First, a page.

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Magdalena Wywrot


Essays by David Campany & Barbara Rosemary
146 Pages
Duotone Offset
9.5” x 9.5”
ISBN: 978-1-952523-26-7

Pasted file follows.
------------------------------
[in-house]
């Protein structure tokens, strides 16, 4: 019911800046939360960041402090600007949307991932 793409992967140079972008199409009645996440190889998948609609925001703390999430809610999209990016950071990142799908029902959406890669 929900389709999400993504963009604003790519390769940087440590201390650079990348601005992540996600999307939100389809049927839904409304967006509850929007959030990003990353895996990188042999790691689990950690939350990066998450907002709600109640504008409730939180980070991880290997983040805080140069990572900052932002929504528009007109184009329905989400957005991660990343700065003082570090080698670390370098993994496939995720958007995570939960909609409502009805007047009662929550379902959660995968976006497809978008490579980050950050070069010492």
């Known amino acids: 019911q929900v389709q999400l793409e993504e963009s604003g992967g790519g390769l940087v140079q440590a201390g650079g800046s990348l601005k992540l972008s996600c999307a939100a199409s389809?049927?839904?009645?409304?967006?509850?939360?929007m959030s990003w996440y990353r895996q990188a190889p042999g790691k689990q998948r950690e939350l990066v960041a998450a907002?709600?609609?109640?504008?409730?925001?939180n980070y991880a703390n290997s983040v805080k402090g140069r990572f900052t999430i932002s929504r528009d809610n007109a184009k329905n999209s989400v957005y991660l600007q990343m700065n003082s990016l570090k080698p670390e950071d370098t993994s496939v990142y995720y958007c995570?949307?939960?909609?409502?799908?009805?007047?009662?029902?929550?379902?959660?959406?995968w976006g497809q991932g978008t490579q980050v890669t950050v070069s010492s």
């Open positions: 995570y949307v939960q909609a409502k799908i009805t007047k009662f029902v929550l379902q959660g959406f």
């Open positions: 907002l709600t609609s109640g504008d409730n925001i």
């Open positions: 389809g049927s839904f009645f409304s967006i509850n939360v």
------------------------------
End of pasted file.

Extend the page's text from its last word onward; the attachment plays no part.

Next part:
Magdalena Wywrot’s Pestka is a gravity-defying, through-the-looking-glass portrait of the life of a mother and her adolescent daughter, a series of time-lapse dispatches seemingly beamed from a hermetic space station suspended high above a planet (and Krakow, Poland) where time is literally standing still. The world outside the windows of Wywrot’s space station/apartment looks both distant and desolate and incredibly beautiful, almost devoid of a human presence. Yet the mother continues to take photos, while the daughter goes about her life and grows up before our eyes. A sort of rapture appears to have taken place outside, while an intimate metamorphosis (and an intimate surveillance) is slowly going on inside. A dreamlike sense of unsettling dislocation pervades the entire work. That sense will likely be familiar to anyone who has lived with a child and experienced firsthand the endless and startling transformations that occur—day by day and year by year—as a child grows into adulthood. There is fishbowl quality to Wywrot’s photos, which shapeshift, mercury-like, between Expressionism, Impressionism, and abstraction. The portraits are tender, mysterious, full of sparks of wonder and ecstasy, while the landscapes are disorienting, forbidding, vaguely apocalyptic, and often sublime. You have a sense of an unmistakable consciousness in the work, yet you’re never quite certain where you are, and there’s a moment somewhere in the book when you suddenly feel as if some giant, ambiguous lifeforce or spirit is lurking in the murky streets below, waiting for Wywrot to complete her work and turn her daughter loose on the planet.